The Implications of a Graying Japan for Government Policy

53 Pages Posted: 4 Apr 2015

See all articles by R. Braun

R. Braun

Federal Reserve Bank of Atlanta

Douglas H. Joines

University of Southern California - Marshall School of Business

Date Written: November 1, 2014

Abstract

Japan is in the midst of a demographic transition that is both rapid and large by international standards. As recently as 1990, Japan had the youngest population among the Group of 6 large, developed countries. However, the combined effects of aging of the baby boomer generation and low fertility rates have produced very rapid aging. Japan now finds itself with the oldest population among the Group of 6, and its population will continue to age at a rapid pace in future years. Aging is already placing a burden on government finances, and Japan's ability to confront the negative fiscal implications of future aging is constrained by its very high debt-to-GDP ratio. We find that Japan faces a severe fiscal crisis if remedial action is not undertaken soon, and we analyze alternative strategies for correcting Japan's fiscal imbalances.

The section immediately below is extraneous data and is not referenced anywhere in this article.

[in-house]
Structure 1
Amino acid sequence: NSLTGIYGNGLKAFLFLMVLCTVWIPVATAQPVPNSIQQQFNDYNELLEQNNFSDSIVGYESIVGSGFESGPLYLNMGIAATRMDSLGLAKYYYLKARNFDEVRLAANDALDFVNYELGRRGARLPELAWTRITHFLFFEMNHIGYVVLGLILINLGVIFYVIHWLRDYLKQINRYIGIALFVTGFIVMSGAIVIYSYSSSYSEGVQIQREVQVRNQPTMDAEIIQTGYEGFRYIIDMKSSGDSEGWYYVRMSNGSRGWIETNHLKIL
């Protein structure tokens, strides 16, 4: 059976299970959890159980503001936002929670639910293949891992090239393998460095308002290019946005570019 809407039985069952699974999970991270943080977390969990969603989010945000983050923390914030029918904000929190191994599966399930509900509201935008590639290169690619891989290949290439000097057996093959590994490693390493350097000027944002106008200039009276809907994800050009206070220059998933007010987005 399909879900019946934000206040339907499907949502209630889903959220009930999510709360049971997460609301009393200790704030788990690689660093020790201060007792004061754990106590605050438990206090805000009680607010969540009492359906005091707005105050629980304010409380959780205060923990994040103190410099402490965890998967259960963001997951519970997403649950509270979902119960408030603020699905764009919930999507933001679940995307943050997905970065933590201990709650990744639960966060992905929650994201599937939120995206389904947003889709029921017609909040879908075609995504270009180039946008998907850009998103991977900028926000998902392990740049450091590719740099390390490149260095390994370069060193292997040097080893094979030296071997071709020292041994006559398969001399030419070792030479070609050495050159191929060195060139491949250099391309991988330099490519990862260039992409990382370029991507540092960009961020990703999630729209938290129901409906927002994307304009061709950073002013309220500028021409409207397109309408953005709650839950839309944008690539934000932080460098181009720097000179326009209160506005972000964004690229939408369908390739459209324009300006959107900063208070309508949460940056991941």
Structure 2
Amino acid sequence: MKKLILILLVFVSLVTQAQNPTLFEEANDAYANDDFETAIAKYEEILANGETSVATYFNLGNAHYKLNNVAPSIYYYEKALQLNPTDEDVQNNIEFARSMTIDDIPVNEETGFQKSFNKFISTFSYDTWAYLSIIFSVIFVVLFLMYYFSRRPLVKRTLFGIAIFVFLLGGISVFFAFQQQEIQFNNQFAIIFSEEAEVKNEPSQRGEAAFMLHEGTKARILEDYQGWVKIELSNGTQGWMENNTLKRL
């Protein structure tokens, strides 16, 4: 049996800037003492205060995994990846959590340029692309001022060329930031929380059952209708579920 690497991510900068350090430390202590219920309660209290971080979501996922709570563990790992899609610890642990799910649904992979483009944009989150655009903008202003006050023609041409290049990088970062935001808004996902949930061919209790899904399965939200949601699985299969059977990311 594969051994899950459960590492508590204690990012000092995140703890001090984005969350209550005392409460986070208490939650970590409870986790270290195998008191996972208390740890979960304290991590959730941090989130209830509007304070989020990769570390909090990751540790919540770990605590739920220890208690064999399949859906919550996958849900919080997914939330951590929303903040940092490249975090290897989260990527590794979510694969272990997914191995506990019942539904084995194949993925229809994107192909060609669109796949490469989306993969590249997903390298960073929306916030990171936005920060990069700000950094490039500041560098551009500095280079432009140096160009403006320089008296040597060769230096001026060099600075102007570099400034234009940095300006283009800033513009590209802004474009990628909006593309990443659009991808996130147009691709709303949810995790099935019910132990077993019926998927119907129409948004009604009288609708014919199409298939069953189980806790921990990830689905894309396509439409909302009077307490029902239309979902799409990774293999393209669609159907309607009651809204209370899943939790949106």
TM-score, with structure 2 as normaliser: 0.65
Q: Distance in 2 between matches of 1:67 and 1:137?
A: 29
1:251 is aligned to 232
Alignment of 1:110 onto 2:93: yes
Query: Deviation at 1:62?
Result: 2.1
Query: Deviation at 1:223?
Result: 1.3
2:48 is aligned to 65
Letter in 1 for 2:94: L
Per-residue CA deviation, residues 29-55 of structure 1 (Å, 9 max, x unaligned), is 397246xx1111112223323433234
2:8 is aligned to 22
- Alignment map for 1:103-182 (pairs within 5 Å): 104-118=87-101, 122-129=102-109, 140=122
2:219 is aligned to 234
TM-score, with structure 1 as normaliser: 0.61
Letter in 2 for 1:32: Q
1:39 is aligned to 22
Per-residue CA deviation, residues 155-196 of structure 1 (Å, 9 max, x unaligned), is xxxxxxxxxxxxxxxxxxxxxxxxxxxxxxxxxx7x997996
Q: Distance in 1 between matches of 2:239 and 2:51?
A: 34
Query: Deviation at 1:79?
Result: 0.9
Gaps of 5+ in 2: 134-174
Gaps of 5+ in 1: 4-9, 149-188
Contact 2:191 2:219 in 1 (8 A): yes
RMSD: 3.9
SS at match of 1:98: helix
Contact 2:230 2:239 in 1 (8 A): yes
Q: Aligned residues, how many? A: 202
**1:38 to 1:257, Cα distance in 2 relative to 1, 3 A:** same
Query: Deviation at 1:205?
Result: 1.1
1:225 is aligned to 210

Keywords: Japan, fiscal policy, aging, government

JEL Classification: E62, H51, H55, H63

Suggested Citation

Braun, R. and Joines, Douglas H., The Implications of a Graying Japan for Government Policy (November 1, 2014). FRB Atlanta Working Paper No. 2014-18, Available at SSRN: https://ssrn.com/abstract=2580457 or http://dx.doi.org/10.2139/ssrn.2580457

R. Braun (Contact Author)

Federal Reserve Bank of Atlanta ( email )

1000 Peachtree Street N.E.
Atlanta, GA 30309-4470
United States

Douglas H. Joines

University of Southern California - Marshall School of Business ( email )

Hoffman Hall 702 H
Los Angeles, CA 90089
United States
213-740-6510 (Phone)
213-740 6650 (Fax)

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